Sidney Brammer working with Laura Baker
Sidney Brammer working with Laura Baker (Photo By Bret Brookshire)

Which brings us to Mr. Avedon, the celebrated photographer who had just completed a series of black-and-white portraits that were being exhibited under the title "In the American West." The show generated quite the national buzz, with coverage in the media from Texas Monthly to Rolling Stone. Since the exhibit had been commissioned by the Amon Carter Museum in Fort Worth, the Big Staters took a summer road trip to Cowtown to see it. To say they were not taken with it is putting it mildly. They felt that the stark images, focused almost perversely on figures who appeared either poor, dirty, or freakish, just perpetuated tired old stereotypes of Westerners as ignorant hicks. The fact that the photographs were the work of an outsider – an Easterner, no less! – and were being widely hailed as somehow "defining" the West got the Big Staters' backs up. They took Fritzler's challenge to create these monologues as a way to respond to Avedon's one-dimensional characterization of their home and its residents and an opportunity to portray the people of the Southwest in greater variety: rural and urban, poor and rich, from the Great Plains and the Gulf Coast, as sons and fathers, mothers and daughters, cowgirls and teachers, bar owners and students, football coaches and just plain neighbors.

That powerful and personal a starting point wasn't something Garcia-Crow could hope to duplicate, but she wasn't without her resources. As Brammer says, "She's a Michener fellow. She's been to every wonderful workshop in the world. She is equipped with so many ways to propel people into writing." And so she is. To spark her class' writing muscles, Garcia-Crow used a variety of exercises: One day she instructed everyone to bring an object from home and had them write a monologue that included every item as a prop. (Though the objects ranged from a door handle to a tube of Neosporin, one monologue from that session, "Rodeo Mom," made the cut for the new show.) She suggested a field trip, where writers could take inspiration from someone they observed. (A trip to Goodwill proved especially fruitful for Brammer and a new writer, Carl Gonzales.) She asked her writers to try playing off the characters in the original In the West, to see if they could take some part of one of the stories forward 20 years, through a sibling, a child, or an updated version of an experience from the original, such a greeting a new neighbor or being abducted by aliens. Every exercise stimulated at least one writer to begin a story for the stage. With an influx of new participants in the spring, enough monologues were being generated to start shaping In2 the West.

In the West & the Goblet of Fire

Now, just because this process was focused on the creation of New In the West, that didn't mean Classic In the West was shut out of it. In fact, before pen was ever put to paper on the first new piece, Brammer got the blessing of Big State, in the form of three members of the company who were elected to make decisions on behalf of all 22 writers with copyrighted material in the original. (Have you ever tried to get hold of 22 artists at once, much less get consensus from them on a matter of some timeliness? Well, then, you can see the usefulness of their approach.) The three reps – Fritzler, Gene Fowler, and Lorne Loganbill – all signed off on the deal, but that wasn't the end of it. Obviously, Brammer got Garcia-Crow involved, but she also extended an invitation to every Big Stater she could track down to take part. Most expressed an interest but cited conflicts that kept them away. Still, Rick Perkins and Aralyn Hughes took the class and agreed to perform and direct new pieces. And Tim Mateer, C.K. McFarland, and Marco Perella signed on as directors. So one-third of the original bunch is actively passing the torch to the new gang.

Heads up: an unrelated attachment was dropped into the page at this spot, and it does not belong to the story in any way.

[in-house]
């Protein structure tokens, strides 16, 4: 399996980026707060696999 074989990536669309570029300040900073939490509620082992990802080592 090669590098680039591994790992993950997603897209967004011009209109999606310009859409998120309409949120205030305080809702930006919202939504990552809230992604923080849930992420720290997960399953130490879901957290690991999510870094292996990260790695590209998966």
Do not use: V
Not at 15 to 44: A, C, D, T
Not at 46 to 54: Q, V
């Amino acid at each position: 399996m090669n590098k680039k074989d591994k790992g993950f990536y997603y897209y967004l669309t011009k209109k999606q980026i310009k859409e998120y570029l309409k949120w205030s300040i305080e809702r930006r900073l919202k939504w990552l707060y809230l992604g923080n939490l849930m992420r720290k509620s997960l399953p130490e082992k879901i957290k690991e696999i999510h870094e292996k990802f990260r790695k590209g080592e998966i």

Feliz Dia McDonald
working with Aralyn Hughes
Feliz Dia McDonald working with Aralyn Hughes (Photo By Bret Brookshire)

That new gang has a distinctly different look from the old, which was a pretty homogeneous crew, culturally speaking: almost all Anglos in their 20s with roots west of the Mississippi. They managed to suggest a range of character and experience, but now that range extends to age, culture, skin color, and even home territories east of the Mississip (like way east: Jersey and England). "The beauty of ACC is the diversity," says Garcia-Crow. "This time around, it's more ethnically diverse and has more authentic age range." African-Americans, Latinos, Anglos. Kids of 18 to seniors topping 60. Texans, a couple of Brits, and one transplant from New Orleans, who made his way here after Katrina.

You may think this ragtag mix of young and old writers, veteran and fledgling performers, would make it harder to pull the show into a cohesive whole, but it's no more motley than the original gang, where, as Sidney Brammer points out, theatrical types of varying stripes (Fritzler, Brammer, McFarland, Marco and Diane Perella, Joy Cunningham, Janelle Buchanan) collided with refugees from performance art (Fowler), music (Jo Carol Pierce), dance (Darla Johnson), punk rock (Mateer, John Hawkes), photography (Bill Leissner), and realty (Hughes). And look how their stab at a monologue show turned out.

Of course, at that first performance on the half-finished set of Bus Stop in the Mary Moody Northen Theatre, none of them ever imagined how far In the West would go, how many people would see it in how many places, how it would influence the local theatre scene. Likewise, no one can truly say what will come of In2 the West, but the originators have their dreams. They'd love to see the show become an annual event at ACC, with new monologues being developed and added every year, with new students and perhaps former students returning as guest artists and maybe some old-timers, too.

Why not? The West, as we've learned from them, is a mighty big place, where purt' near anything can happen. end story

In2 the West runs April 14-23, Friday and Saturday, 8pm, Sunday, 2pm, at the Mainstage Theater of Austin Community College, Rio Grande Campus, 1212 Rio Grande. For more information, call 223-3352.